The importance of eating protein – how much do we need and why?

The importance of eating protein – how much do we need and why?

We are often bombarded with notions that we need to supplement our diets with a variety of vitamins, minerals, and specific nutrients. Not only that, but we often hear how we should eat more „lean“ protein, supplement it right after a workout, or put it in a variety of smoothies, oatmeal, and other meals.

But what is the importance of eating protein anyway? What is it and why do we need it? How much do we even need every day and in what form? Where can we find good sources of protein? Keep reading this article and find the answers to all these questions and much much more!

What are proteins?

Proteins are organic molecules made out of amino acids. There are 20 different amino acids and they are almost considered building blocks of the living world. There are billions of combinations in which they can be linked together, ranging from different lengths of proteins to chain patterns and space organization.
Of those 20, there are 9 essential amino acids:

  • histidine,
  • isoleucine,
  • leucine,
  • lysine,
  • methionine,
  • phenylalanine,
  • threonine,
  • tryptophan,
  • and valine.

„Essential“ means that human bodies cannot synthesize them, and need to receive them from other sources, like food or supplements. Protein patterns are encoded in our DNA, meaning that every protein „recipe“ is hidden in our genes. They can be as small as only having 10 amino acids, or as big as containing more than twenty thousand amino acids.

Once fully created, proteins take on many roles in our bodies, ranging from signaling molecules to performing necessary cell functions such as the transport of substrates, controlling cell reproduction, participating in damage control, fighting off infections, and many more. Even the antibodies our body produces during disease are a special protein type. There is not a single molecular process that does not involve proteins in one way or the other. Proteins that are not functional are structural, and they build up our muscles, bones, skin, and cartilage.

Why do we need to eat protein?

Because human bodies cannot produce those 9 essential amino acids, they have to be ingested through food. In simple terms, there is no life without proteins as every bodily function revolves around them. Not eating enough protein will eventually result in severe muscle loss and the development of various diseases.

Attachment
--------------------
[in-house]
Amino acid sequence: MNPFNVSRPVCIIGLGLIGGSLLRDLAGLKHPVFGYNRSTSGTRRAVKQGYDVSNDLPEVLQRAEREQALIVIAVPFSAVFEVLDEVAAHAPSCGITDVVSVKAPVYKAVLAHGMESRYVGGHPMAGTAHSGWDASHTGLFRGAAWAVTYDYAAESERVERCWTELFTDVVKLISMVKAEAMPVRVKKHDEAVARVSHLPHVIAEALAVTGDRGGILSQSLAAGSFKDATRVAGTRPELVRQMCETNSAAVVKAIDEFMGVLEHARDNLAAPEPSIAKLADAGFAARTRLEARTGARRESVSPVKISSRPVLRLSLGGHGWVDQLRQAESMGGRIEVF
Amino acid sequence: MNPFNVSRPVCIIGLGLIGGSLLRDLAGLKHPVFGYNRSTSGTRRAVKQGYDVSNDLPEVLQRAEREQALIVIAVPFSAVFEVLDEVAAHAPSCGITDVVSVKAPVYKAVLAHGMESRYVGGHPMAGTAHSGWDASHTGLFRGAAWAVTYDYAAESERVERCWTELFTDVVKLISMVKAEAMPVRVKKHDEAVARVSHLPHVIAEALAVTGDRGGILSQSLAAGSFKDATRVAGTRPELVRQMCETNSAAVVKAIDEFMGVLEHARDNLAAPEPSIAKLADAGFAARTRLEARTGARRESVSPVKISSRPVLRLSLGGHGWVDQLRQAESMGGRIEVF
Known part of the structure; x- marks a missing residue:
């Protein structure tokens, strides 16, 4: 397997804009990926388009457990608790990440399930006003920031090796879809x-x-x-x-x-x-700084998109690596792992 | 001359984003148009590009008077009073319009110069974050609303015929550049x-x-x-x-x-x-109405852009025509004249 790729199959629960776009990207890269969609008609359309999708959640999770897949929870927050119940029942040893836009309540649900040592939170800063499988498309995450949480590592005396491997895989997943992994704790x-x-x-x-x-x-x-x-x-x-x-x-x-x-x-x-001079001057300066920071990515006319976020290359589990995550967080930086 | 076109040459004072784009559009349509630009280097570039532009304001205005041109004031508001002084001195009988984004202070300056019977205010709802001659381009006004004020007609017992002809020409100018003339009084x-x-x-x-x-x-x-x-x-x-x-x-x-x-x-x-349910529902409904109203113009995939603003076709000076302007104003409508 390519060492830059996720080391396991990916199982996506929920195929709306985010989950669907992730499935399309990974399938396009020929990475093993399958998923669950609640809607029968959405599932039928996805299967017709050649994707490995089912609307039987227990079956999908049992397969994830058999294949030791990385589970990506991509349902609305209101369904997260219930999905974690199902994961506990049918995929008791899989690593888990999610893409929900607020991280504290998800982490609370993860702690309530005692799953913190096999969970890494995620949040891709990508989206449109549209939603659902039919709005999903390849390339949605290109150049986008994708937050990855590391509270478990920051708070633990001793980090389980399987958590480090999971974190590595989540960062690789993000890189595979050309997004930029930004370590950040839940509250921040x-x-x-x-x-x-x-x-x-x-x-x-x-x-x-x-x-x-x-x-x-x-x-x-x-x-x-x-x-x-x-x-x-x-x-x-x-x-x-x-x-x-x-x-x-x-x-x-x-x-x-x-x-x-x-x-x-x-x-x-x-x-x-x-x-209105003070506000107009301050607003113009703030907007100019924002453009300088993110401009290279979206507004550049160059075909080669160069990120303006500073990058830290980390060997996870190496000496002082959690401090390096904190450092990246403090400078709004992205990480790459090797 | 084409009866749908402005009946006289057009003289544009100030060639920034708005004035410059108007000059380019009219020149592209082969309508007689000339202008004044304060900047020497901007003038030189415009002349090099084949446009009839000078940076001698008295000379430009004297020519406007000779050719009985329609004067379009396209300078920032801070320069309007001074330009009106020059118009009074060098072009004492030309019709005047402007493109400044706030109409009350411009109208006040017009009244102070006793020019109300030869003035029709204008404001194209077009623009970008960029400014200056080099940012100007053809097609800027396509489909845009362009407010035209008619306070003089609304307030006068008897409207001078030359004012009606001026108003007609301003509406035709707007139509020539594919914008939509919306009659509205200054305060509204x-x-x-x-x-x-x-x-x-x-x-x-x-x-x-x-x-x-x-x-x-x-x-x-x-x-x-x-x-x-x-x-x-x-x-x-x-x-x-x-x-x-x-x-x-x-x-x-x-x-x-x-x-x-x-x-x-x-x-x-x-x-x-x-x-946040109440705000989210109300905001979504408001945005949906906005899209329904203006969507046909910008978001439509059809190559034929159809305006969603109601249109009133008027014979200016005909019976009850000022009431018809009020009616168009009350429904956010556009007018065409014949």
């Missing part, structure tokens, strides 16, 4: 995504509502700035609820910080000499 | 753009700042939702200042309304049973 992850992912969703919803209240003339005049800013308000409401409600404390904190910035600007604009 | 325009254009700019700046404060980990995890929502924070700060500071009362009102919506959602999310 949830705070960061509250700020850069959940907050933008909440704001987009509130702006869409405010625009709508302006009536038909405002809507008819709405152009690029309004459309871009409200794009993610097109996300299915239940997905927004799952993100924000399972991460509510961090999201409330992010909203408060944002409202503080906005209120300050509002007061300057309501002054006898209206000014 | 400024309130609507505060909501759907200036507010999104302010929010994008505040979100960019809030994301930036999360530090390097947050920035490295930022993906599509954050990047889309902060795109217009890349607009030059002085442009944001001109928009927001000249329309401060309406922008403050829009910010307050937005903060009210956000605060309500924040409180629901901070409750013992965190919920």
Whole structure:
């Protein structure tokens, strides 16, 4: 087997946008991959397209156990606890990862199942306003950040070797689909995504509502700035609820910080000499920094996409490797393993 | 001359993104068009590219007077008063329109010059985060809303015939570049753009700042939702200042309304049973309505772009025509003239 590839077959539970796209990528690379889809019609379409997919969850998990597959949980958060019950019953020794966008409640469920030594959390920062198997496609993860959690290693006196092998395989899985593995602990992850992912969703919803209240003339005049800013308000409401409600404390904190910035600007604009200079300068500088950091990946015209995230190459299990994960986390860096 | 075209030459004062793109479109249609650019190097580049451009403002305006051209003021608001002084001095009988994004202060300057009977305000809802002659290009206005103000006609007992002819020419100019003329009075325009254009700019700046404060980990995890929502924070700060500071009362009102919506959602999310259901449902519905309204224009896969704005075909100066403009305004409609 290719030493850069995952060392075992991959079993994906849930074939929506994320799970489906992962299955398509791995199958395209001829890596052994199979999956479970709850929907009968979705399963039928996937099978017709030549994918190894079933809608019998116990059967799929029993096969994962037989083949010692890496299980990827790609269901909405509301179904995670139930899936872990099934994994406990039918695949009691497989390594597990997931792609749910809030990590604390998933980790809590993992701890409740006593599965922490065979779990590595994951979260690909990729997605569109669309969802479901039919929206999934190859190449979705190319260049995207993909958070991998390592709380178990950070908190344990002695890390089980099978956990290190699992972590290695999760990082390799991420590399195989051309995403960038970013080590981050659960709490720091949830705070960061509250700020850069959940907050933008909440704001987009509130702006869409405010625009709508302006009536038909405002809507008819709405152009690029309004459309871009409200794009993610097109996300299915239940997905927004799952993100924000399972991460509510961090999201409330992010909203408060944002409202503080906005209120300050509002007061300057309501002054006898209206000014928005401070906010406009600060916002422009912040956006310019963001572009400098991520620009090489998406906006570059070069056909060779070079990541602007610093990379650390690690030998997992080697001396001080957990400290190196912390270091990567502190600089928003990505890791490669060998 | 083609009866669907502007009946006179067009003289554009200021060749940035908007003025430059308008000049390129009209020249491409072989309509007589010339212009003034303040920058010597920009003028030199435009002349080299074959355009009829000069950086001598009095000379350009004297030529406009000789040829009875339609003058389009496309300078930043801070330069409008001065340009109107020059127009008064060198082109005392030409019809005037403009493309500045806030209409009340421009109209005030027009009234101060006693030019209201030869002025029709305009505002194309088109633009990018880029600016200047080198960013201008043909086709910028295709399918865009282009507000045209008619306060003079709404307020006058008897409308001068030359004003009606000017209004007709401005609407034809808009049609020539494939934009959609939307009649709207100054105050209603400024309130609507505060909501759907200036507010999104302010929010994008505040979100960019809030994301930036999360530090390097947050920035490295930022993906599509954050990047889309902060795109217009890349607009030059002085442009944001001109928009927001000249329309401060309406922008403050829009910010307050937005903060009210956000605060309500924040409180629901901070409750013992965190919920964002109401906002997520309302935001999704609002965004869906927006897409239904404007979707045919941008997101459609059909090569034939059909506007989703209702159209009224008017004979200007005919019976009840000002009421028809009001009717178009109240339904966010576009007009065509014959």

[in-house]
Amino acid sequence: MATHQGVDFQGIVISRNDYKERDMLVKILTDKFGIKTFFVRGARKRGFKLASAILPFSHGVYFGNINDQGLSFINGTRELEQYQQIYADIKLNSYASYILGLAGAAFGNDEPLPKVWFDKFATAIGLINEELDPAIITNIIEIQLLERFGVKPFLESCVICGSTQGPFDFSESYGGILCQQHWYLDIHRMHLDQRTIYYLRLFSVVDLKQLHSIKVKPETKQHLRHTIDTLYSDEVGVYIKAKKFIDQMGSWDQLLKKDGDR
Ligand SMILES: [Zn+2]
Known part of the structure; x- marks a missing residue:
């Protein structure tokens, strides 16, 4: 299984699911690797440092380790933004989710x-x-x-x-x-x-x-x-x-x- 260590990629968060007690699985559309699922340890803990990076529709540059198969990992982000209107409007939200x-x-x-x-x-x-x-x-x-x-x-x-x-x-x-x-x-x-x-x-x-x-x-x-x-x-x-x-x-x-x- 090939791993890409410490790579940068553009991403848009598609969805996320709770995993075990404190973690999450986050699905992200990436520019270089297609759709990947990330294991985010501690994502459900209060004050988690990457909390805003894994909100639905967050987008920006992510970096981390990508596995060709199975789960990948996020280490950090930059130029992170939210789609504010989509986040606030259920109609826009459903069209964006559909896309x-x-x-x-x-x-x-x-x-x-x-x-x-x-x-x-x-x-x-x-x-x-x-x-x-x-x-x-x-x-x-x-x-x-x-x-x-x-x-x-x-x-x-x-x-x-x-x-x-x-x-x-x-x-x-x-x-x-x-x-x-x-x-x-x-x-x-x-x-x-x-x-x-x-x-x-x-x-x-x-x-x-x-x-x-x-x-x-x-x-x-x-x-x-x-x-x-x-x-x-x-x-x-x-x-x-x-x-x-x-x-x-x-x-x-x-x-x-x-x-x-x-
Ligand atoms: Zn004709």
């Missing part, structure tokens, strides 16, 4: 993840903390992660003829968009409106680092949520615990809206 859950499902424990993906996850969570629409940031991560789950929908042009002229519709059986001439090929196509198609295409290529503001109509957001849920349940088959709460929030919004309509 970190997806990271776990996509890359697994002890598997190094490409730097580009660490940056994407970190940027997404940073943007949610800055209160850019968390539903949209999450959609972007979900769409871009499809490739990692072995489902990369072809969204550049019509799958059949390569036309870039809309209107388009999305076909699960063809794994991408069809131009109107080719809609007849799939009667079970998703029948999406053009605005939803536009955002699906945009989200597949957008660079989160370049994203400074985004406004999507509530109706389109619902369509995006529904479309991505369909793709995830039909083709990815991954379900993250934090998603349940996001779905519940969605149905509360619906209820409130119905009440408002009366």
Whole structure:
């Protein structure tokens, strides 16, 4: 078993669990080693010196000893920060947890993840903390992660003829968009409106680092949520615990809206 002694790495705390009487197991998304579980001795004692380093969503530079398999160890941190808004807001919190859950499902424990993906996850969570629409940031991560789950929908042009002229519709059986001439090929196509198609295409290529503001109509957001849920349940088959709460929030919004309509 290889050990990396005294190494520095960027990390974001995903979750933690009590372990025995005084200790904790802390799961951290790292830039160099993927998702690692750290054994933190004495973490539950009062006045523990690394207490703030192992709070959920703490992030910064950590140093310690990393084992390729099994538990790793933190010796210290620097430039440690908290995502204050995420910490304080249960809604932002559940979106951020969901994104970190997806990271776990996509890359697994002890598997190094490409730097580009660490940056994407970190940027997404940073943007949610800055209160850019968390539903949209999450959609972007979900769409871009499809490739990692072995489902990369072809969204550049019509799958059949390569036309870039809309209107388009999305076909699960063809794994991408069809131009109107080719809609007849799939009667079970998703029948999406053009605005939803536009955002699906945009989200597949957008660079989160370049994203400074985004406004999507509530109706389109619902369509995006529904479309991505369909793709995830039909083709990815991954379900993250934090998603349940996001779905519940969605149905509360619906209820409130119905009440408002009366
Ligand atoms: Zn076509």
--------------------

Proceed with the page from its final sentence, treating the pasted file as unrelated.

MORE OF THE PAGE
It is thought that even the diet of early humans consisted of 30% protein, whether it was from animal or vegetarian sources. Food stability was surely an issue in the lives of our ancestors, but they could get enough protein from foraging, as well as from hunting. While hunting for large animals secured a large amount of meat that could last them for days, foraging and scavenging stably brought them protein through vegetables, legumes, small insects, and fish.

The discovery of fire really sparked rapid brain development, as cooked meat could be digested quickly and provide humans with a large amount of calories and nutrients in a short time.

How much protein should we eat?

The European Food Safety Authority has given recommendations on the amounts of protein different age groups should eat daily, given in grams per kilogram of total body mass:

  • children (1 – 17 years old) – between 1.14 and 0.83 grams,
  • adults (18 – 65 years old) – 0.83 grams,
  • elderly (> 65 years old) – 1 gram,
  • during pregnancy – 1, 9, and 28 grams added to the usual amount in the 1st, 2nd, and 3rd trimester, respectively,
  • during breastfeeding – up to 19 grams more added to the usual amount.

If you feel you cannot eat these amounts of protein through food every day, supplementation is a great way to go. Protein powders can be mixed in milk of any kind, yogurt, smoothies, porridge, cereal, and so on. Look for protein supplements containing the highest purity whey, and don't exceed the recommended amounts.

These are useful guidelines for protein intake, created to follow various life stages, but the actual amount of protein you should eat can be precisely determined in agreement with your doctor and/or nutritionist. Excessive protein intake can especially be dangerous to those with kidney issues.